Financial management course gives pros the tools they need

Dive Brief:

  • A new college-level course aims to help construction pros understand an area in which many have little training: financial management.
  • The free online course on the fundamentals of construction financial management is focused on the unique financial and accounting processes that keep construction businesses on track.
  • The program, launched June 15 by New Orleans-based provider of construction payment technologies Levelset, covers how to create and read financial statements, manage transactions and cash flow and track company performance with financial data.

Dive Insight:

The course aims to target “accidental” professionals, said Jonny Finity, senior content manager at Levelset.

Jonny Finity

Permission granted by Levelset

 

The term refers to people in the construction industry whose job includes financial and accounting tasks, but who do not possess formal training or education in those subjects. That’s a norm in the construction industry, especially for small businesses, said Finity.

About 83% of construction businesses in the U.S. have fewer than 10 employees, according to the U.S. Bureau of Labor Statistics. Small construction companies frequently turn to family or friends to run the office, do bookkeeping and perform general accounting tasks, without particular concern for their level of financial education or training, said Finity. 

ZipRecruiter shows around 8,600 open jobs for construction office managers, and almost none require a bachelor’s degree in any field. About 58% of women in construction agreed with the statement “I studied or received training that prepared me for my current job,” according to a 2021 Levelset survey.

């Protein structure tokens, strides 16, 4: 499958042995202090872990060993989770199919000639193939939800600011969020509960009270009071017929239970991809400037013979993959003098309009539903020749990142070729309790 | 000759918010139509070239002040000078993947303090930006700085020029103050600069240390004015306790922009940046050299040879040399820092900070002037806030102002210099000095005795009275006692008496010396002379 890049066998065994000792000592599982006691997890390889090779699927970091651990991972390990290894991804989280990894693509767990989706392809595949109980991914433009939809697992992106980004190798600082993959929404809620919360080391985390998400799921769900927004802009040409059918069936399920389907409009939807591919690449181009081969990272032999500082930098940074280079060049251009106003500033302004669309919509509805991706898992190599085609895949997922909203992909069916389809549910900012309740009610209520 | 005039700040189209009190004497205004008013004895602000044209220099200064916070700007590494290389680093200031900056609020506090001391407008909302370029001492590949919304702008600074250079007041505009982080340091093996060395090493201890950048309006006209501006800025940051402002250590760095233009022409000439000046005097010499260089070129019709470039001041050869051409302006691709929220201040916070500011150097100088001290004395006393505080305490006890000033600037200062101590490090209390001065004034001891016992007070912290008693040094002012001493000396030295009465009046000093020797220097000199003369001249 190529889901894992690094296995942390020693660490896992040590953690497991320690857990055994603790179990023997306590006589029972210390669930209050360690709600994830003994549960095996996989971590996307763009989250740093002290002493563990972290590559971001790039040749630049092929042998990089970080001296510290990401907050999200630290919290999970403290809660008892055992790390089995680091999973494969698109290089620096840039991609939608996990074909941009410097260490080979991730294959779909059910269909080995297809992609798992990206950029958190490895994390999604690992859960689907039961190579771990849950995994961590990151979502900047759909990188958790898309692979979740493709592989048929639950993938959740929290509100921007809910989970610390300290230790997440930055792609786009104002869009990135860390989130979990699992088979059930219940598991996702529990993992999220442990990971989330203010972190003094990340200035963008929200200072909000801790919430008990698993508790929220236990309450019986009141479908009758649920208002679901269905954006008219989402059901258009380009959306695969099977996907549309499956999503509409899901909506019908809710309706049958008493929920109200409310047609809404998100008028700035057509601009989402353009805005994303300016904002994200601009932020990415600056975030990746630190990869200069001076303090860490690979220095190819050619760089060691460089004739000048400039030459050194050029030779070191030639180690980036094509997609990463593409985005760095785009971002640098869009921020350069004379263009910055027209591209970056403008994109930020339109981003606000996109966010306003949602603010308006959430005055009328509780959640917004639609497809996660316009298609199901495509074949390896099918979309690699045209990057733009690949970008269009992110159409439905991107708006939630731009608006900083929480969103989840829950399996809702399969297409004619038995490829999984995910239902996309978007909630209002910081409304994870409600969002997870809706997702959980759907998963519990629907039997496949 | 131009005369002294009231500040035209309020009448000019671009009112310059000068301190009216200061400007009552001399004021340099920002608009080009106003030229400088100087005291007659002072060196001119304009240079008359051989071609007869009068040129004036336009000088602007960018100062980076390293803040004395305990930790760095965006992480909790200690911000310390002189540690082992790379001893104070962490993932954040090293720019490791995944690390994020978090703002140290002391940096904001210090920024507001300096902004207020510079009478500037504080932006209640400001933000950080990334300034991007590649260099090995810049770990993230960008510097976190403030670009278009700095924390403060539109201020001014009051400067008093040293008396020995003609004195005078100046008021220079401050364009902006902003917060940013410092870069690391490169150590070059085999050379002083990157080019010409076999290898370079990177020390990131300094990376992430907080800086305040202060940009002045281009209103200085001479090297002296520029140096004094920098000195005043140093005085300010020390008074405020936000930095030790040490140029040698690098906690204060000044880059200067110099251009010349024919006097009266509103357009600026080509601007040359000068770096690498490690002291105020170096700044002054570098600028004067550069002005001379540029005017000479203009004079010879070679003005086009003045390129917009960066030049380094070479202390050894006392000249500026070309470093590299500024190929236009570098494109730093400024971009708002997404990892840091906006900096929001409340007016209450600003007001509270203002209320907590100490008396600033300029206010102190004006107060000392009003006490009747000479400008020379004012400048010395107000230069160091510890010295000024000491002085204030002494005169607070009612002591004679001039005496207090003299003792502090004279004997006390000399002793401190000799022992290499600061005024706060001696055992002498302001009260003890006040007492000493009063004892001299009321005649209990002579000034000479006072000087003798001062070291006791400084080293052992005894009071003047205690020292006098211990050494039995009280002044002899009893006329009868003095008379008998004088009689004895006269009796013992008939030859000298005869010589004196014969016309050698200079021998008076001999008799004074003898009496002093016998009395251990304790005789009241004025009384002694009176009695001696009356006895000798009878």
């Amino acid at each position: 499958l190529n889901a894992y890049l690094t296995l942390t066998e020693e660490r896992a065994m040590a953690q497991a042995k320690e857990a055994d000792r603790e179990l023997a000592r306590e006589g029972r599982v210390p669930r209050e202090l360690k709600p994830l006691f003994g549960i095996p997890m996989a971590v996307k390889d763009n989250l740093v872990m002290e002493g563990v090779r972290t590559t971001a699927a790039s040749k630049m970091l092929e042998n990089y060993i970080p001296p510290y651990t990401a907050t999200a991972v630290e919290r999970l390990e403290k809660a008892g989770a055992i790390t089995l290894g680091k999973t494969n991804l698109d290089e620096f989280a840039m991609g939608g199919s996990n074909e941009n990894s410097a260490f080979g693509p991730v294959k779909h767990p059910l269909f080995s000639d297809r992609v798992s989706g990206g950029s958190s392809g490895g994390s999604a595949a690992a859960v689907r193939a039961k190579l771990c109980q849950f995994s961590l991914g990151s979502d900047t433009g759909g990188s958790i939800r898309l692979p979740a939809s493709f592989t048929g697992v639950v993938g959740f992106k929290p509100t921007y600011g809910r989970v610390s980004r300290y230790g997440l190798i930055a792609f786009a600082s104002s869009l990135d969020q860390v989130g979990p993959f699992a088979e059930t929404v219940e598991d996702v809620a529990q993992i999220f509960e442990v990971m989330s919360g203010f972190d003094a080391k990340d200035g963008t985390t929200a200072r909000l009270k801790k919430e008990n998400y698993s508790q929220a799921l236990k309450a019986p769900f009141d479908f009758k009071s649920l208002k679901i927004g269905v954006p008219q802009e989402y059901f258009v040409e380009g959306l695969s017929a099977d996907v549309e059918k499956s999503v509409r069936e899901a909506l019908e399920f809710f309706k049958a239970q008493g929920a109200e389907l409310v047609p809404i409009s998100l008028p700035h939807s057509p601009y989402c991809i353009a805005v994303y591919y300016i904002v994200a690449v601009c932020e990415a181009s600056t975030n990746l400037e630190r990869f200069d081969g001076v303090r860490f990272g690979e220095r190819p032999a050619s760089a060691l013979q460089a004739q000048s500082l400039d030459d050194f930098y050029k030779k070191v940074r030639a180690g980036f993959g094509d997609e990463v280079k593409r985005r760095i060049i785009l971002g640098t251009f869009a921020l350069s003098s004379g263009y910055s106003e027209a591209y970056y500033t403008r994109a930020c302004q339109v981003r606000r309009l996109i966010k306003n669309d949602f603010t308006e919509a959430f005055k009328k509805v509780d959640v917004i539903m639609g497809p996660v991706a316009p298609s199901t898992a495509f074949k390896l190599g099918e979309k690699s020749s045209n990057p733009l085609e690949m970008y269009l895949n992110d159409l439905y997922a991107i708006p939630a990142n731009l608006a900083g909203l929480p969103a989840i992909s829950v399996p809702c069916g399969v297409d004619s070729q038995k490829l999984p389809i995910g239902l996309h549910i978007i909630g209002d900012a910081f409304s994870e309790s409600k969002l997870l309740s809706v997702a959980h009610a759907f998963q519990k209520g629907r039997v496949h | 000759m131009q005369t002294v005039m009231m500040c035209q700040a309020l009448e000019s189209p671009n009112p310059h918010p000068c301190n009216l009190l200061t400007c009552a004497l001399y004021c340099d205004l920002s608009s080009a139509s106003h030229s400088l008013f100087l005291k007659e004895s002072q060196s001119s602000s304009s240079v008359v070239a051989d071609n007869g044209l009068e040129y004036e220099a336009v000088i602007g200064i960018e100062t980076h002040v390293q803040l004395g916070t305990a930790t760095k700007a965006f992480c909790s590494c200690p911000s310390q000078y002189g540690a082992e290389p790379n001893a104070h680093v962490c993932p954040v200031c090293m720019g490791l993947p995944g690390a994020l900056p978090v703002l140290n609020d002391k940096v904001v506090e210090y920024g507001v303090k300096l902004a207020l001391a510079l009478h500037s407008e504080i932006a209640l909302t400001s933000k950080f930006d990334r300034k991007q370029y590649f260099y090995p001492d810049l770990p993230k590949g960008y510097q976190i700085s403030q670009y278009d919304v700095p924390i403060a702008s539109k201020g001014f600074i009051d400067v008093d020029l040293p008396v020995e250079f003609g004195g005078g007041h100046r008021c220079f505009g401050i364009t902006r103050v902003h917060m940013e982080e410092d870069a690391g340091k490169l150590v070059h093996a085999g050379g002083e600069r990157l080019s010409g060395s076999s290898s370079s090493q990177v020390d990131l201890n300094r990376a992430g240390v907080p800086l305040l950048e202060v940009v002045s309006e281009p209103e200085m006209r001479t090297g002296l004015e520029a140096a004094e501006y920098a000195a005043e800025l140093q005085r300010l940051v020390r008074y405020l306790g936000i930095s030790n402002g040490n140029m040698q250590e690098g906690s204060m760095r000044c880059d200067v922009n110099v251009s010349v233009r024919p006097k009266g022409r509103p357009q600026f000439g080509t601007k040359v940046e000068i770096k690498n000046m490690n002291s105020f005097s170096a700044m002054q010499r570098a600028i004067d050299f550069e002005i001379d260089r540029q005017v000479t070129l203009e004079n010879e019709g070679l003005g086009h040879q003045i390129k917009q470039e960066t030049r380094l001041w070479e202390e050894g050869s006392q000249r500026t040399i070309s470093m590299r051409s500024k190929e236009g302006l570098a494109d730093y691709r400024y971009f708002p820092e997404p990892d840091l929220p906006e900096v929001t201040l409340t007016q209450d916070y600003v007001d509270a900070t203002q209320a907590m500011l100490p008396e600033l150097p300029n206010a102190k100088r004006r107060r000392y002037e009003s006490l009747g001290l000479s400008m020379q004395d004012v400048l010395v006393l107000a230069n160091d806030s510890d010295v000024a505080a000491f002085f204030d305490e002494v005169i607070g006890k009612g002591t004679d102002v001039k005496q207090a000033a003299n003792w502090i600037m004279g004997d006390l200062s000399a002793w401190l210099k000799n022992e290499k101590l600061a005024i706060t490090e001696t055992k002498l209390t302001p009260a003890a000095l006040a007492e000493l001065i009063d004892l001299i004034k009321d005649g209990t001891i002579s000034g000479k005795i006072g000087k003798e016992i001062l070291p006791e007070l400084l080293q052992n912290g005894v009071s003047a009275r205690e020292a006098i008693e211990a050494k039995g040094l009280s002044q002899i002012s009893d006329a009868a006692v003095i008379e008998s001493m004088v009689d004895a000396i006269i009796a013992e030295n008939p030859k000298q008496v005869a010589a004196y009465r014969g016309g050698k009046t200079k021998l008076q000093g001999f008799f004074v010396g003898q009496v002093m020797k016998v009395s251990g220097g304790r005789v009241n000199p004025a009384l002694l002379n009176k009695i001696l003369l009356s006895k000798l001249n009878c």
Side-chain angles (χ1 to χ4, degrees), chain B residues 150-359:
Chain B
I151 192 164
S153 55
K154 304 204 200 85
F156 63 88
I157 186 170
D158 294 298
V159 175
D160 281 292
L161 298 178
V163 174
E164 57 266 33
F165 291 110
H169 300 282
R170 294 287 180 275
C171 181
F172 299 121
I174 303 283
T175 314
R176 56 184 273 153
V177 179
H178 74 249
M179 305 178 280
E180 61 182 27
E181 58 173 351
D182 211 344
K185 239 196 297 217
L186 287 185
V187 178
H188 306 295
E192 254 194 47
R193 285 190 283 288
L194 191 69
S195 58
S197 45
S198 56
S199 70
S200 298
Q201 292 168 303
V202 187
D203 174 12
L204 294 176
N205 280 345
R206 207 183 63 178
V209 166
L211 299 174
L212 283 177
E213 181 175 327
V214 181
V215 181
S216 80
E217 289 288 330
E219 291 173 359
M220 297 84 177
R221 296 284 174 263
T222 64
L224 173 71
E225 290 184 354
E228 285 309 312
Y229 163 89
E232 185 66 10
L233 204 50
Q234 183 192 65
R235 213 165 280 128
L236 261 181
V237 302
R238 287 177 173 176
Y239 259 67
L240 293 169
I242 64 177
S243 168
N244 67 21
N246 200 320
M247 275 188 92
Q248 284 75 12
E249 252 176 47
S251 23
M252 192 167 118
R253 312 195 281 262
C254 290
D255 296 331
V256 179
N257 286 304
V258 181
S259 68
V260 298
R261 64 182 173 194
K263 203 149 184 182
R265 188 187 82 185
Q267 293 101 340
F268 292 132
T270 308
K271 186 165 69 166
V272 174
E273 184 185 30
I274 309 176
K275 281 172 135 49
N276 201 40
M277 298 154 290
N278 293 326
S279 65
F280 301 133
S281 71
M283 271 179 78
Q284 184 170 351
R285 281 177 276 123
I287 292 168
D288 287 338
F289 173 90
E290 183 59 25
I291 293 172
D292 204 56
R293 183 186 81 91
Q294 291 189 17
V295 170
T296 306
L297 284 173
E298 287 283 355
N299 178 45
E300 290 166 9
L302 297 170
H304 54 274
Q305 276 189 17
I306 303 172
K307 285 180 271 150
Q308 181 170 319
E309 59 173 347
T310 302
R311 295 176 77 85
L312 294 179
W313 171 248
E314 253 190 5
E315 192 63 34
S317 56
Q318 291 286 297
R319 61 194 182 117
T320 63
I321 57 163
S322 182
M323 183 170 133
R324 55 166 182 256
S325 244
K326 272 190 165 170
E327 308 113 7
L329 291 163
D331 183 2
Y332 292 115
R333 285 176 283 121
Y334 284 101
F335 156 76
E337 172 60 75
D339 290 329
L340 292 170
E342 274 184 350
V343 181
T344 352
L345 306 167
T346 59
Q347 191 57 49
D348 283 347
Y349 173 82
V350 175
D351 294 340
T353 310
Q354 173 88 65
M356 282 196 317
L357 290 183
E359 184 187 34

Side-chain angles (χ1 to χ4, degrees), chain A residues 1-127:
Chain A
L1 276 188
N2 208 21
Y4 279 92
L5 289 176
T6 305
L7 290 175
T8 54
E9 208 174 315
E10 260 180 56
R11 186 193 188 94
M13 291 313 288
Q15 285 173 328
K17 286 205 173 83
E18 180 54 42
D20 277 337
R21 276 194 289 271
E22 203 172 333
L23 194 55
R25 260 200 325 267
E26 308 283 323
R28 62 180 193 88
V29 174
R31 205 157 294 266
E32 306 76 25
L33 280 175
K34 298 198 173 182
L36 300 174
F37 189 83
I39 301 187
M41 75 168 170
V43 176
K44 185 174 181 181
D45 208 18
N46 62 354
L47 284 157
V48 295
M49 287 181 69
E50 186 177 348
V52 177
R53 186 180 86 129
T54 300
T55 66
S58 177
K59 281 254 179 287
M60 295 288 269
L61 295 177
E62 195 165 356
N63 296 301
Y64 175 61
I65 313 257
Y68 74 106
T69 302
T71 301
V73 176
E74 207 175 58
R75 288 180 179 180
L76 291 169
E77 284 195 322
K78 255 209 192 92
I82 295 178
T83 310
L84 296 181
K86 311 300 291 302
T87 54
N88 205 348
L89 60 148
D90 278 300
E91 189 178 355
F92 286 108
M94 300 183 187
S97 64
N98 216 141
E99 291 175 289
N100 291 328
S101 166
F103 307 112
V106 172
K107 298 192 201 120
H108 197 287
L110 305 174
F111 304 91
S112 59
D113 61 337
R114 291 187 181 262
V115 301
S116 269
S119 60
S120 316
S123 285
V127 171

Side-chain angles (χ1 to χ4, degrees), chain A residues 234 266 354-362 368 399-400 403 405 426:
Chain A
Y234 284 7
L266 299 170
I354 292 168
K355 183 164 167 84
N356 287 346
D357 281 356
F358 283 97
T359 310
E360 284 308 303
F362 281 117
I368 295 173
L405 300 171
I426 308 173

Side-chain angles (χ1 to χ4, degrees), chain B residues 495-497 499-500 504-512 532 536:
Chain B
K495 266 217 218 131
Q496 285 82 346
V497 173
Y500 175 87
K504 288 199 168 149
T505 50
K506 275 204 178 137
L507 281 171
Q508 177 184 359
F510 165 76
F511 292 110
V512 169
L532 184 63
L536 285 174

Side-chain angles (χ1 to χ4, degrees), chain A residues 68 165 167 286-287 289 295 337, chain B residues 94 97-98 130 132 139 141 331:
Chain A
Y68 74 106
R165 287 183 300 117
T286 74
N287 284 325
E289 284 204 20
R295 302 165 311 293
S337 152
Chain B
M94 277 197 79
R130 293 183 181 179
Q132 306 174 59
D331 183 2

That sparked the idea to bring on Steven J. Peterson, licensed professional engineer and professor of construction management at Weber State University, to teach the financial management course for construction professionals. Most accounting books, for example, do not cover the unique aspects of accounting specifically for the construction industry, such as long term contracts, retention and progress payments, to name a few, said Peterson.

Steven J. Peterson

Permission granted by Levelset

 

Major takeaways from the course include how to understand a construction company’s financial statements, including the unique differences between what you would see in a traditional statement and in construction, said Peterson. That includes different terminology and categorizations, and being able to determine whether a client is really creditworthy. 

“I want to teach people to take a look at a construction statement, and be able to take those human characteristics into account, look at the financial ratios and be able to interpret the health of a company like a doctor would report tests and interpret your health,” said Peterson. “We’re gearing this towards the accidental professional because the entry barriers in the field have dropped significantly.”

About 200 students have signed up for the class already, said Finity. Students can complete the class at their own pace, with an average completion time of just three to five hours.

“We’re taking what has been used widely by universities to train the next generation of construction leaders,” said Peterson. “We’re taking about a quarter of that course, condensed it down from about four weeks to this three to five hour course, to develop, prepare and give people a introduction to that topic.”